Last from Paris: GmbH, Phipps and Dunhill
Few fashion weeks are as international as Paris Menswear season, especially during the pandemic. As designers and marques never reach the French capital yet are determined to be listed on its official show schedule.
We looked at three strong fashion statements, from a rapidly rising design based in Berlin, GmbH; a classic London label enjoying a renaissance, Dunhill; and a San Francisco-born designer who has made Paris his home, Spencer Phipps.
Paris’ stand-out video show and collection was from GmbH, by two creators named Serhat Işık and Benjamin A. Huseby, who live in Berlin and have just been hired to design for the house of Trussardi in Milan.
GmbH, whose name comes from the German equivalent of 'Ltd Co.', shot a cool video that recalled that great early sci-fi classic THX 1138, with distances made redundant by all the endless white space.
In which GmbH Berliner buccaneers walked in multiple versions of the boots – from pirate to riding to Wild West, via Vegas.
Their vision is a pure one: wraparound Dick Turpin redingotes; disco dragoons with slim jodhpurs and show-jumper boots; pink silk shirts tied up Latin-lover style; powder-blue jeans completed with matching jockstraps.
They drape extra straps of fabric around the torso; and pipe and trim most looks, adding polish and even poise.
Politically they are also committed: their second look was a Free Palestine T-shirt; while red cashmere sweaters are finished with a white hammer and sickle.
Above all the duo captures the artistic ferment of Berlin without all the worn, rain-washed after-hours black clothes that one associates with Germany’s party and political capital.
It all manages to be proud, punchy and yet even preppy too – all the way to the great worn denim jeans paired with denim dressing gowns; or denim gown trimmed with white marabou feathers. All worn with superhero shades by the proudest of casts.
Işık and Huseby will make their Trussardi debut with the fall-winter 2022 season. Judging by this collection for their own brand, Trussardi will be the most anticipated show in Milan.
Phipps: Upcycled survivalist for summer 2021
“I’m trying to reclaim survivalist for a liberal point of view,” smiled bearded Spencer Phipps, the San Francisco designer who has created a burgeoning fashion house in Paris.
His aesthetic for next summer: workwear and active sportswear meets upcycling to create wearable funky fashion. Presented as a four-minute video on Sunday, the final day of Paris Menswear Week in Paris.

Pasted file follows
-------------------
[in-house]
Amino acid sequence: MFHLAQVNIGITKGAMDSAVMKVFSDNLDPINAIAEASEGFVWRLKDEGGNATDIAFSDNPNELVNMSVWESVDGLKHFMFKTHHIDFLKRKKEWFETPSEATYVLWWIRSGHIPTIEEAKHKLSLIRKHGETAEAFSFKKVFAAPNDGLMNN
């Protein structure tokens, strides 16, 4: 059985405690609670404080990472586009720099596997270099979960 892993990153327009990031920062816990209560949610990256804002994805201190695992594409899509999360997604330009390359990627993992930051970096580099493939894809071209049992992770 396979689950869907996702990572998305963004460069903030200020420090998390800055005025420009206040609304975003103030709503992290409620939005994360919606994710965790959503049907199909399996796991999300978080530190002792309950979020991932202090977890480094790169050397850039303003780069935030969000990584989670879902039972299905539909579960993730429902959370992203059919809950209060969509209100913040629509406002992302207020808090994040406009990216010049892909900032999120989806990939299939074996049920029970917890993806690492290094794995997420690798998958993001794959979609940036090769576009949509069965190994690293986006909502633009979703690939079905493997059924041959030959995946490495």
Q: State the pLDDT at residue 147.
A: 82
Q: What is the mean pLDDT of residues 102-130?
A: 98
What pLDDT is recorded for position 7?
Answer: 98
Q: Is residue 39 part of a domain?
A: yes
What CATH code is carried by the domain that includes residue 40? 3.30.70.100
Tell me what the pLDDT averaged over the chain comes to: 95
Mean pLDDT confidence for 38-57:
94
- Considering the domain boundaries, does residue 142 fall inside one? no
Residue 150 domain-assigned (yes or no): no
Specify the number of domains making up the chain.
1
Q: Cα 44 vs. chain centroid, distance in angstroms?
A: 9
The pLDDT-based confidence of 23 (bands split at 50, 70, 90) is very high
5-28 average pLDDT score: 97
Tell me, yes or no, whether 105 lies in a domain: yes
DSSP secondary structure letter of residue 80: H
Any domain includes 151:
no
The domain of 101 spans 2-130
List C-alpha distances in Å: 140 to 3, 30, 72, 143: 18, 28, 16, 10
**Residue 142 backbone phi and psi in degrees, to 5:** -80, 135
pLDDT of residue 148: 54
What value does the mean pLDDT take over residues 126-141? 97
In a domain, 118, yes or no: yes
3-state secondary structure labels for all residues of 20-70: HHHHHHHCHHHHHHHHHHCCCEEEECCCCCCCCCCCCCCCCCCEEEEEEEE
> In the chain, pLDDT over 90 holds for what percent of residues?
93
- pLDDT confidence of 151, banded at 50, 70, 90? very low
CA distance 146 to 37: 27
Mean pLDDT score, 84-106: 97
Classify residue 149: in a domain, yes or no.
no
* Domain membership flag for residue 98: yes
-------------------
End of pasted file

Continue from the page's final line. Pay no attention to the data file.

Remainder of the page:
Like 90% of houses on the official calendar, Phipps skipped the runway this season, instead presenting a four-minute video that included outback nomads, wilderness weekenders and Mexican wrestlers, shot inside a virtual post-modern Coliseum.
What worked best were his patchwork ideas – like body-hugging mini jackets in Loro Piana pinstripes and panels of upcycled nylon; or abstract camouflage hunting gear for inner city raves.
Spencer is so into upcycling, he created a whole capsule based on famed club jerseys – from the Miami Dolphins to Manchester United. Using a vintage Man-U shirt, the sort once worn by Eric Cantona.
Phipps suggested that Cantona might work the shirt in his video. His agent brother loved the idea but suggested in return a fee of 100,000 euros.
Phipps demurred naturally - not exactly a survivalist fee.
Parka-mania at Dunhill, where designer Mark Weston has pushed the brand rather forward while maintaining a large dose of its Britishness.
His big idea this season was the concept of Identities, exploring uniforms and contrasting homespun versus sophistication.
“I wanted an evolution of last season, I don’t start randomly fresh from zero. More about playing and toying with codes.The Dunhill people – reflecting London and what’s contemporary in menswear,” added Weston in a Zoom from his Mayfair studio.
No show, but a gritty lookbook video where an inclusive cast are collaged before Edwardian redbrick London, strutting around in Weston’s techy active take on the storied UK label. Evolving his parkas into single-breasted archetypes; and playing with his multi-panel Compendium trenches. Reinventing the traditional in unexpected materials: like a classic shirt in white silk faille with a placket, all multi-puckered to make it look like seersucker. Or his Deco knitwear with four-pocket patch cardigans finished with elongated 'D' logos.
Weston’s other big innovation was working with photographer Ellen Carey – a photographic artist who works with Polaroids.
“What struck me about her work was the graphics, color and sense of abstraction,” explained the designer, who fused elements of Carey’s back catalogue into dramatic silk faille shirts and tops in a black and white abstract animal print. Leaving many with raw edges and trim, where the photographer’s name and photo were listed.
With the UK just about emerging from lockdown, how was the atmosphere in London?
“Our stores are open, and there has been good traffic. But remote working with factories is challenging. We’ve made things work, and I am happy but I cannot wait to actually visit the factory again!” he shrugs.
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